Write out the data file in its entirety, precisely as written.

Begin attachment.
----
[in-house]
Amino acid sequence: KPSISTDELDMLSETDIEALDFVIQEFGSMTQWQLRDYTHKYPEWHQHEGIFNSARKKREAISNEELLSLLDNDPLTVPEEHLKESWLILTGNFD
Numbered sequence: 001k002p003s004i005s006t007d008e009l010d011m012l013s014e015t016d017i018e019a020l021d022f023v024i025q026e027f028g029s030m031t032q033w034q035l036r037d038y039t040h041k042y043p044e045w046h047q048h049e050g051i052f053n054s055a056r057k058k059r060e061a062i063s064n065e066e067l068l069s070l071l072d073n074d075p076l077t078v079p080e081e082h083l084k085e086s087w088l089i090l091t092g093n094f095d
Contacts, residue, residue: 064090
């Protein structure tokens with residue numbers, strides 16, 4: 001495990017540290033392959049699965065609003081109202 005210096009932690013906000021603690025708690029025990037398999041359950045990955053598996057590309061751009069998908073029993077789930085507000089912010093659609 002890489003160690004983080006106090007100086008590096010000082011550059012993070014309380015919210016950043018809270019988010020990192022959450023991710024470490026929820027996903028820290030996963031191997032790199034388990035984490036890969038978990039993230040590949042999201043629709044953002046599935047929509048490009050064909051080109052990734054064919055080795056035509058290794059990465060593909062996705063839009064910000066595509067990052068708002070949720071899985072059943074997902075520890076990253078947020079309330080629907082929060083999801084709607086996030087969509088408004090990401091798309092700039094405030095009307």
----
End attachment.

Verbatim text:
[in-house]
Amino acid sequence: KPSISTDELDMLSETDIEALDFVIQEFGSMTQWQLRDYTHKYPEWHQHEGIFNSARKKREAISNEELLSLLDNDPLTVPEEHLKESWLILTGNFD
Numbered sequence: 001k002p003s004i005s006t007d008e009l010d011m012l013s014e015t016d017i018e019a020l021d022f023v024i025q026e027f028g029s030m031t032q033w034q035l036r037d038y039t040h041k042y043p044e045w046h047q048h049e050g051i052f053n054s055a056r057k058k059r060e061a062i063s064n065e066e067l068l069s070l071l072d073n074d075p076l077t078v079p080e081e082h083l084k085e086s087w088l089i090l091t092g093n094f095d
Contacts, residue, residue: 064090
């Protein structure tokens with residue numbers, strides 16, 4: 001495990017540290033392959049699965065609003081109202 005210096009932690013906000021603690025708690029025990037398999041359950045990955053598996057590309061751009069998908073029993077789930085507000089912010093659609 002890489003160690004983080006106090007100086008590096010000082011550059012993070014309380015919210016950043018809270019988010020990192022959450023991710024470490026929820027996903028820290030996963031191997032790199034388990035984490036890969038978990039993230040590949042999201043629709044953002046599935047929509048490009050064909051080109052990734054064919055080795056035509058290794059990465060593909062996705063839009064910000066595509067990052068708002070949720071899985072059943074997902075520890076990253078947020079309330080629907082929060083999801084709607086996030087969509088408004090990401091798309092700039094405030095009307």